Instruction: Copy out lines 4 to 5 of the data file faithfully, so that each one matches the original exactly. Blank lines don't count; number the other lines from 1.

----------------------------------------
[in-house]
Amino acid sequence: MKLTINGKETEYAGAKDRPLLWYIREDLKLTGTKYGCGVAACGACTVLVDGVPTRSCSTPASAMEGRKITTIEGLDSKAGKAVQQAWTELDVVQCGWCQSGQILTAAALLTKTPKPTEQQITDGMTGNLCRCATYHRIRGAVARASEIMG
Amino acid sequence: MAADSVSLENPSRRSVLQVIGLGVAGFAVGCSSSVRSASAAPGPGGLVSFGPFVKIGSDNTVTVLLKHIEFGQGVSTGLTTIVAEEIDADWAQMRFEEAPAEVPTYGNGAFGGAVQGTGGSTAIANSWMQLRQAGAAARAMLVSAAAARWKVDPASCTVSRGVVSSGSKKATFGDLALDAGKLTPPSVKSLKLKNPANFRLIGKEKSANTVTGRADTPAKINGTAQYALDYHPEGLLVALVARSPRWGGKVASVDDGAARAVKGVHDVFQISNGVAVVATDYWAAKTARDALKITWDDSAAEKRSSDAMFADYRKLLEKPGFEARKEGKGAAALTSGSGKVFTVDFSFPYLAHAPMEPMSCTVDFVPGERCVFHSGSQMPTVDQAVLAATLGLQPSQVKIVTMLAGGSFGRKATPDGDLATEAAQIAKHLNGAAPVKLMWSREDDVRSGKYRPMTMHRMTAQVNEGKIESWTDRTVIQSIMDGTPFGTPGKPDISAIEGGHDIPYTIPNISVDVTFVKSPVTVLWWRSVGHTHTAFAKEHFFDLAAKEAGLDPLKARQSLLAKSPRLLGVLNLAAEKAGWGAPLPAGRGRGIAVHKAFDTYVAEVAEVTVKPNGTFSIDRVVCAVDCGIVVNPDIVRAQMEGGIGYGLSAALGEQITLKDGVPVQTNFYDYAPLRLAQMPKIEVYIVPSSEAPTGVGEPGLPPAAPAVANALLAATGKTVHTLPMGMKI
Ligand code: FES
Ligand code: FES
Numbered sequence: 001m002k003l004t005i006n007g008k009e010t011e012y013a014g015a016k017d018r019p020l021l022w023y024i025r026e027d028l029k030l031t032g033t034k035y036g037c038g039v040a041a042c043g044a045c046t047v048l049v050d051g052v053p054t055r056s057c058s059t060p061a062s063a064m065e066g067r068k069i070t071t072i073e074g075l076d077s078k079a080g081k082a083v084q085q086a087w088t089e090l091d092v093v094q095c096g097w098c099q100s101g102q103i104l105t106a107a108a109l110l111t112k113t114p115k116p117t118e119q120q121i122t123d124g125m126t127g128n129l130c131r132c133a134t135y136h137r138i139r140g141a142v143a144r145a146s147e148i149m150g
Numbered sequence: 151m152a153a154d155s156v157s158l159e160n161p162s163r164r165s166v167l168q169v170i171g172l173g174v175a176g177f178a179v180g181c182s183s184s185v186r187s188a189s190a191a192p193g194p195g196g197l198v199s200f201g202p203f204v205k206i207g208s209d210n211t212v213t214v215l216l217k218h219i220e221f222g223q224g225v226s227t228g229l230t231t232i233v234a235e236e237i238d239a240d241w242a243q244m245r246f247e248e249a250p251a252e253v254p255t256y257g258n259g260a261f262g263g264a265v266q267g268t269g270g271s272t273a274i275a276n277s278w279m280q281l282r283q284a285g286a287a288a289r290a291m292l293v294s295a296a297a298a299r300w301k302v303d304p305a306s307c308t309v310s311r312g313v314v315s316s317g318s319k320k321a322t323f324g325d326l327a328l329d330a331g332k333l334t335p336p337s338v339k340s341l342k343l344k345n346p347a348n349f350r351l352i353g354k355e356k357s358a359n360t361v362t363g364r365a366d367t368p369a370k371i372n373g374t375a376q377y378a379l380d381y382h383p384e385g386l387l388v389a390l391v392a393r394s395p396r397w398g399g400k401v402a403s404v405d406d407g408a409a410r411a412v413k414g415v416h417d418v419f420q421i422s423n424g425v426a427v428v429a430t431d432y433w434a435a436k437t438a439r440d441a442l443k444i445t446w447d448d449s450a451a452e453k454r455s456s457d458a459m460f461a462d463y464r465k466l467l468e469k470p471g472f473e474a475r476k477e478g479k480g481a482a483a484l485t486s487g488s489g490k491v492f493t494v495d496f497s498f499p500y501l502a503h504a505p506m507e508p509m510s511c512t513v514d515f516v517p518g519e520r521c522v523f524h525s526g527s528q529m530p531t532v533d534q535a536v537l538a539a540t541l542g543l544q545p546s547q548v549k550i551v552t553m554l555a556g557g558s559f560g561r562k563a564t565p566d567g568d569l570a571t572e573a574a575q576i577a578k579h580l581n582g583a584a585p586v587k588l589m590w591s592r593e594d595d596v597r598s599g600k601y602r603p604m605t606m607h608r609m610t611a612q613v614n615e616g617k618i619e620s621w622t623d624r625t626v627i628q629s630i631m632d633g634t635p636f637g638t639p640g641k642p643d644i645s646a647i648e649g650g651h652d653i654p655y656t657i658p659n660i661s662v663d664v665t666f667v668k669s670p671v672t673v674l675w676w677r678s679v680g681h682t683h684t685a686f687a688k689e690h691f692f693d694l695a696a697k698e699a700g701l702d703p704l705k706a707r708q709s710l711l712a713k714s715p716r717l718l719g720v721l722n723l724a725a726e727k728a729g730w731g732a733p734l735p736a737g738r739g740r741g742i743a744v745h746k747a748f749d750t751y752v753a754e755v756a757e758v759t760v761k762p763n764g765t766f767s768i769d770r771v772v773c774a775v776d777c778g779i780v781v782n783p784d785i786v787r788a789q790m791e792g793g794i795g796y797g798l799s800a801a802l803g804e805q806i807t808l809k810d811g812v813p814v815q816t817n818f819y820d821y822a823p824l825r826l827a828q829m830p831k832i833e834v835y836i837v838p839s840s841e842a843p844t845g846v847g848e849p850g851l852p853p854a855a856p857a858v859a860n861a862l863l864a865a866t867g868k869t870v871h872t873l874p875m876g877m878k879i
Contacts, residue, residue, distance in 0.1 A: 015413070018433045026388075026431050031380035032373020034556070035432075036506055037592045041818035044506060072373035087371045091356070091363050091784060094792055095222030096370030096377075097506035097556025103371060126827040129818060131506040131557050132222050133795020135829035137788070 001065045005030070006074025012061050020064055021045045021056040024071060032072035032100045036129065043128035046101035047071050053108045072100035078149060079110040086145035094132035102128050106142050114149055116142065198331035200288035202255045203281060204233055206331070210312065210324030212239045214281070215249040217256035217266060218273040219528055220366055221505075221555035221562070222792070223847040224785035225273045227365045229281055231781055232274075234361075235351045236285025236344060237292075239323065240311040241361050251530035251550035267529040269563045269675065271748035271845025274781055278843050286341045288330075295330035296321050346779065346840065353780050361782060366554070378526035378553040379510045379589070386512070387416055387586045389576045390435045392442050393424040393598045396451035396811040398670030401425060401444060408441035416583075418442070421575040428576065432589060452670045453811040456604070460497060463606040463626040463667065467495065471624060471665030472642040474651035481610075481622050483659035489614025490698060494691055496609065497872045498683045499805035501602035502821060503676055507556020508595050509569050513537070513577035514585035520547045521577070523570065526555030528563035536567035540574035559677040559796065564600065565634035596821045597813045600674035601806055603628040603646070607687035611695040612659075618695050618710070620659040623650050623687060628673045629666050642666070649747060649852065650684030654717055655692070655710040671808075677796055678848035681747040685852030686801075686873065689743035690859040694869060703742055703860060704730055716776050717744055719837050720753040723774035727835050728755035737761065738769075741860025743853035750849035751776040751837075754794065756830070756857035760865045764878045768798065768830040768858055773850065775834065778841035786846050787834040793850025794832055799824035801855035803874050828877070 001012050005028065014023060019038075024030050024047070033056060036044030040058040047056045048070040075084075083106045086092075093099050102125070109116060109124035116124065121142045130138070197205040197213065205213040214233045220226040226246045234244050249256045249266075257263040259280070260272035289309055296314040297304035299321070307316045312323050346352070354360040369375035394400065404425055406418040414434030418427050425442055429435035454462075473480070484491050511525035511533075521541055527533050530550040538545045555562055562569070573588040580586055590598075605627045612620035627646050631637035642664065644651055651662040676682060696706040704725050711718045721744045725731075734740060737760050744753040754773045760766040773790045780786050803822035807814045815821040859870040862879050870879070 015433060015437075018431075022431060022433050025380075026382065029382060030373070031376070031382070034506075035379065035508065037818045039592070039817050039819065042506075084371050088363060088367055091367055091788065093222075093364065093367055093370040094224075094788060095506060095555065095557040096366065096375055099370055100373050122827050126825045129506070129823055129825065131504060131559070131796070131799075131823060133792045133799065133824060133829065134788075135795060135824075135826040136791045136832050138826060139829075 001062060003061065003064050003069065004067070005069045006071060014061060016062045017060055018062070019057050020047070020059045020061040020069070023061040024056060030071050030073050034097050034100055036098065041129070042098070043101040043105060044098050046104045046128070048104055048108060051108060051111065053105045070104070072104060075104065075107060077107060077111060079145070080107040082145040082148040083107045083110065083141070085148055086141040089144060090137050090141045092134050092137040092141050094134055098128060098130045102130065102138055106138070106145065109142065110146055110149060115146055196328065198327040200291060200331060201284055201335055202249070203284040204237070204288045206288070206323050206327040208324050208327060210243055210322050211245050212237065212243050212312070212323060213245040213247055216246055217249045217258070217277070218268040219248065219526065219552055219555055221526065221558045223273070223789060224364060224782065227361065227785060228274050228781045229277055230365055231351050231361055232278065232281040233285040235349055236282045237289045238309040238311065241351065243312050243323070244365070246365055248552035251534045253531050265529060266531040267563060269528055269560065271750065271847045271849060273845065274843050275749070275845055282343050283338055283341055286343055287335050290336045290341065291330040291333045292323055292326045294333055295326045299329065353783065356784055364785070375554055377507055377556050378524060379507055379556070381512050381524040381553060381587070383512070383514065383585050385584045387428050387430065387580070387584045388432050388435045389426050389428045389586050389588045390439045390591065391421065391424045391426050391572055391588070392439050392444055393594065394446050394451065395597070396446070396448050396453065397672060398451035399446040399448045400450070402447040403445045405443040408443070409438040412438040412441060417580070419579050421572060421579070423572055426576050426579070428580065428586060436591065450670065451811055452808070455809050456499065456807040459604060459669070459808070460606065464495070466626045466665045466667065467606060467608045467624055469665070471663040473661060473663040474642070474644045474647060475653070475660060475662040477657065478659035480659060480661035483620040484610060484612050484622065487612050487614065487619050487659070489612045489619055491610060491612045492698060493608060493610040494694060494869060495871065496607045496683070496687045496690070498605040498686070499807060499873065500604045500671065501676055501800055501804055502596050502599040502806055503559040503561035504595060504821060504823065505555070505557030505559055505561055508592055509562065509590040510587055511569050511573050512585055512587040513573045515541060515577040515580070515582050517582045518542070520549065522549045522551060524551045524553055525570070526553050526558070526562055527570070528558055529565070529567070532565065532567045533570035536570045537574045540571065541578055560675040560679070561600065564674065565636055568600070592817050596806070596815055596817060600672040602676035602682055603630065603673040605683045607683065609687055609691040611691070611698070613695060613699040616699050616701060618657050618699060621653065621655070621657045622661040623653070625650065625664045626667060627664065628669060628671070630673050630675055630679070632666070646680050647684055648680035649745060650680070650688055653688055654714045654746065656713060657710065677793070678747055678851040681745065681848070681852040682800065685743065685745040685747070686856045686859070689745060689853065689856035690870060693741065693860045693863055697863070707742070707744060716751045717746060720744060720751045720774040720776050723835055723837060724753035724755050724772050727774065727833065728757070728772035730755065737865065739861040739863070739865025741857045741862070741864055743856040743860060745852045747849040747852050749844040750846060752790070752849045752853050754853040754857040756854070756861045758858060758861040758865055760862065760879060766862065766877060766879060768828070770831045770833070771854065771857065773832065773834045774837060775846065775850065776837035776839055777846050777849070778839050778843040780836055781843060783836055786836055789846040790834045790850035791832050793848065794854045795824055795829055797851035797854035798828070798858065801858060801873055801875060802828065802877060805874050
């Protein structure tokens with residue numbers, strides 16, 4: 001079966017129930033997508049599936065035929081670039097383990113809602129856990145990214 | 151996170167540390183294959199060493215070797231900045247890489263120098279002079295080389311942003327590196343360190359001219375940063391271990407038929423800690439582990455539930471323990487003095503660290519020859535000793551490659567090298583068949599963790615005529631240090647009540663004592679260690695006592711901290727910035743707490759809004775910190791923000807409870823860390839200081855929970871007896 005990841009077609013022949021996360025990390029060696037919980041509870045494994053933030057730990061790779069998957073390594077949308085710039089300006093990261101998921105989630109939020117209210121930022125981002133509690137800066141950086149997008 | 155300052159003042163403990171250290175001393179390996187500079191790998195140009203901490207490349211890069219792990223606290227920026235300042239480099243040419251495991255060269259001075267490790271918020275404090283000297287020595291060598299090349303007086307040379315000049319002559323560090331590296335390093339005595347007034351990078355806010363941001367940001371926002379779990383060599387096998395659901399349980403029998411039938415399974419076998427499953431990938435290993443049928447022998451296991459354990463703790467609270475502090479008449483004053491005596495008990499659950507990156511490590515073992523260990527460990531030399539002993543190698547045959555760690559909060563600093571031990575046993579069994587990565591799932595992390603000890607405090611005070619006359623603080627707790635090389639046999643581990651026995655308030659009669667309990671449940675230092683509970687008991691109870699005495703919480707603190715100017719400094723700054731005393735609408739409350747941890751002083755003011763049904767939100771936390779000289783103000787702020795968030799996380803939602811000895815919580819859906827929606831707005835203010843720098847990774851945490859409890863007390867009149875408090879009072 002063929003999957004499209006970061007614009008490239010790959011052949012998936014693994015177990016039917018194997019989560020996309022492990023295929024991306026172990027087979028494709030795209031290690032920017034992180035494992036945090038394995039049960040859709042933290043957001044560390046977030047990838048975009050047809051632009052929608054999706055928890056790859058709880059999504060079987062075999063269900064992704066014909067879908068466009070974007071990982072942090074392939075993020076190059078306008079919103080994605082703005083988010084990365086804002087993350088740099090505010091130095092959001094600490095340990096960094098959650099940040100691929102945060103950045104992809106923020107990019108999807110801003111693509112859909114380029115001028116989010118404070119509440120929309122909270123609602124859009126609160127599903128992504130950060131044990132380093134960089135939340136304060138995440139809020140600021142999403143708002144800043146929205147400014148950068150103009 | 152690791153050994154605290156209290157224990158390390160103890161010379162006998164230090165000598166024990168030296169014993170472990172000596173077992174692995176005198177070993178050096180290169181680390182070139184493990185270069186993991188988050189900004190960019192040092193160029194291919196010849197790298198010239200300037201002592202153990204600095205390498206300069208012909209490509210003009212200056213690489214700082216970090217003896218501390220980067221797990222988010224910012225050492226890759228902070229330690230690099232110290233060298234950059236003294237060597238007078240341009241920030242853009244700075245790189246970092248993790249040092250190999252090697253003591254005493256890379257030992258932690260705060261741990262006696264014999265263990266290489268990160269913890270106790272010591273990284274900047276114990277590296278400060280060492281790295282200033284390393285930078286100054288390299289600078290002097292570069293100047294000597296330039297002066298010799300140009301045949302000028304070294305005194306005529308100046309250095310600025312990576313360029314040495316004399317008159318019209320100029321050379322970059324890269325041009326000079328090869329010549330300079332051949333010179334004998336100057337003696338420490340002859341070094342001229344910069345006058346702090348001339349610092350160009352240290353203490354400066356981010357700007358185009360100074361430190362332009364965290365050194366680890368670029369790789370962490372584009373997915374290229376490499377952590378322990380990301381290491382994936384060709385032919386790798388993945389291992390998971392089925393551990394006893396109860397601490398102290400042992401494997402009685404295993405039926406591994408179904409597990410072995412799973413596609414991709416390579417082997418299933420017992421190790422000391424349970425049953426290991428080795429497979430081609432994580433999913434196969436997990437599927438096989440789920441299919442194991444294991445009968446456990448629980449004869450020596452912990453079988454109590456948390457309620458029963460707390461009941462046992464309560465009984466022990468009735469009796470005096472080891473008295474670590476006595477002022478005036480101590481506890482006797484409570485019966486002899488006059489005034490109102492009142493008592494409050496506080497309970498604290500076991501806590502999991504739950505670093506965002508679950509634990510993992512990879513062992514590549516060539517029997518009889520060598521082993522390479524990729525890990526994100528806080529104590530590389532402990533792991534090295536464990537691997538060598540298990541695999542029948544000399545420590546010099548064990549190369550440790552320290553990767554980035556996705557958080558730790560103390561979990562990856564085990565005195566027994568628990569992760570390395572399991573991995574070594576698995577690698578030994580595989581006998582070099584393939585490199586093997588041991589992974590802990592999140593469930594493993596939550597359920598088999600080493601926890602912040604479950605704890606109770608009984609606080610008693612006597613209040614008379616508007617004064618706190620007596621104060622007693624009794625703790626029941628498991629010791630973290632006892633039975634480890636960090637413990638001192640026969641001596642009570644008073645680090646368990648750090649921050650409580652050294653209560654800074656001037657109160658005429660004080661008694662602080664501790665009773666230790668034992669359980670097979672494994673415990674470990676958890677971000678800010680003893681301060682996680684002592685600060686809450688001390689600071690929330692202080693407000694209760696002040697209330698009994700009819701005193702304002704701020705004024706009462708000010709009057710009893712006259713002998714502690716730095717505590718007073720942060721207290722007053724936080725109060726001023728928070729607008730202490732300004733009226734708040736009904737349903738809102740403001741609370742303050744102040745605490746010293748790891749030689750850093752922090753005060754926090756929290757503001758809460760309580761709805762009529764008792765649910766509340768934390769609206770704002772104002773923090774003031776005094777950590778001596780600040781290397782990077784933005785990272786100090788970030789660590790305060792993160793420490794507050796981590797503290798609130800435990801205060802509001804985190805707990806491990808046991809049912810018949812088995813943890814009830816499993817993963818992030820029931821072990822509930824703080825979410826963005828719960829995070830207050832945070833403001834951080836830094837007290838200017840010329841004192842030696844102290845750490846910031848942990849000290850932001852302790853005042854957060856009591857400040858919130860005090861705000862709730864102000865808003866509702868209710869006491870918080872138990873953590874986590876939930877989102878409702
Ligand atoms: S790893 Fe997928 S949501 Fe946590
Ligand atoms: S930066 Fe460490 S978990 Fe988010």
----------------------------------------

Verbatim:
Ligand code: FES
Ligand code: FES